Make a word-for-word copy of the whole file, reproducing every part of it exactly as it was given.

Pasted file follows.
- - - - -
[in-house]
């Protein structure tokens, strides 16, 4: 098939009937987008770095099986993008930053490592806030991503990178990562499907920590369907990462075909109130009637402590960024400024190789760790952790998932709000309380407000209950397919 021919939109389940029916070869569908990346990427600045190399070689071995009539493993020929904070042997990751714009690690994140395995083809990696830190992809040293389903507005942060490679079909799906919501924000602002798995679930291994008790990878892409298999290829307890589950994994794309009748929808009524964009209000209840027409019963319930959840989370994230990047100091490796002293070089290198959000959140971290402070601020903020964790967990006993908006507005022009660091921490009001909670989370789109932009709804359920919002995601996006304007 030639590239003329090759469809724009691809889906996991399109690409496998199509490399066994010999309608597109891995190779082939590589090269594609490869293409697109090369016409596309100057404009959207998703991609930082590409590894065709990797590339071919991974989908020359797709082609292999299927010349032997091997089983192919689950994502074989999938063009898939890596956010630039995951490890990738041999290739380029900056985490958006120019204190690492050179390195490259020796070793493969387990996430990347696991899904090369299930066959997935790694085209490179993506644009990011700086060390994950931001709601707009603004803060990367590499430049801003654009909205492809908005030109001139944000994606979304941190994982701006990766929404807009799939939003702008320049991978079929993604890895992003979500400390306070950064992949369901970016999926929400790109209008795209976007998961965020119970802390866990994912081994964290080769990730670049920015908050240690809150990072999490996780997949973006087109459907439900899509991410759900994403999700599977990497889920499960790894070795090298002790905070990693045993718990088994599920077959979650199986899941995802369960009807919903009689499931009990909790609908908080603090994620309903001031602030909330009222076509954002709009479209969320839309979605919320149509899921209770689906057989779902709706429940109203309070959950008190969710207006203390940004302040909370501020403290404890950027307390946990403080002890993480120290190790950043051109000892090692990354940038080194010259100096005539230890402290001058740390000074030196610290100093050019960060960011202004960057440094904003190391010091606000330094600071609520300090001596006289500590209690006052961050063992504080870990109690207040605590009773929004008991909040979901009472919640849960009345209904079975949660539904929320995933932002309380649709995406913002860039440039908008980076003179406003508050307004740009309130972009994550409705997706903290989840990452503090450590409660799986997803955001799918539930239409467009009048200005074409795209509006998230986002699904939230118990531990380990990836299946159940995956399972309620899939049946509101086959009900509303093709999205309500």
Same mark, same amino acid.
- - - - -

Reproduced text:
[in-house]
């Protein structure tokens, strides 16, 4: 098939009937987008770095099986993008930053490592806030991503990178990562499907920590369907990462075909109130009637402590960024400024190789760790952790998932709000309380407000209950397919 021919939109389940029916070869569908990346990427600045190399070689071995009539493993020929904070042997990751714009690690994140395995083809990696830190992809040293389903507005942060490679079909799906919501924000602002798995679930291994008790990878892409298999290829307890589950994994794309009748929808009524964009209000209840027409019963319930959840989370994230990047100091490796002293070089290198959000959140971290402070601020903020964790967990006993908006507005022009660091921490009001909670989370789109932009709804359920919002995601996006304007 030639590239003329090759469809724009691809889906996991399109690409496998199509490399066994010999309608597109891995190779082939590589090269594609490869293409697109090369016409596309100057404009959207998703991609930082590409590894065709990797590339071919991974989908020359797709082609292999299927010349032997091997089983192919689950994502074989999938063009898939890596956010630039995951490890990738041999290739380029900056985490958006120019204190690492050179390195490259020796070793493969387990996430990347696991899904090369299930066959997935790694085209490179993506644009990011700086060390994950931001709601707009603004803060990367590499430049801003654009909205492809908005030109001139944000994606979304941190994982701006990766929404807009799939939003702008320049991978079929993604890895992003979500400390306070950064992949369901970016999926929400790109209008795209976007998961965020119970802390866990994912081994964290080769990730670049920015908050240690809150990072999490996780997949973006087109459907439900899509991410759900994403999700599977990497889920499960790894070795090298002790905070990693045993718990088994599920077959979650199986899941995802369960009807919903009689499931009990909790609908908080603090994620309903001031602030909330009222076509954002709009479209969320839309979605919320149509899921209770689906057989779902709706429940109203309070959950008190969710207006203390940004302040909370501020403290404890950027307390946990403080002890993480120290190790950043051109000892090692990354940038080194010259100096005539230890402290001058740390000074030196610290100093050019960060960011202004960057440094904003190391010091606000330094600071609520300090001596006289500590209690006052961050063992504080870990109690207040605590009773929004008991909040979901009472919640849960009345209904079975949660539904929320995933932002309380649709995406913002860039440039908008980076003179406003508050307004740009309130972009994550409705997706903290989840990452503090450590409660799986997803955001799918539930239409467009009048200005074409795209509006998230986002699904939230118990531990380990990836299946159940995956399972309620899939049946509101086959009900509303093709999205309500």
Same mark, same amino acid.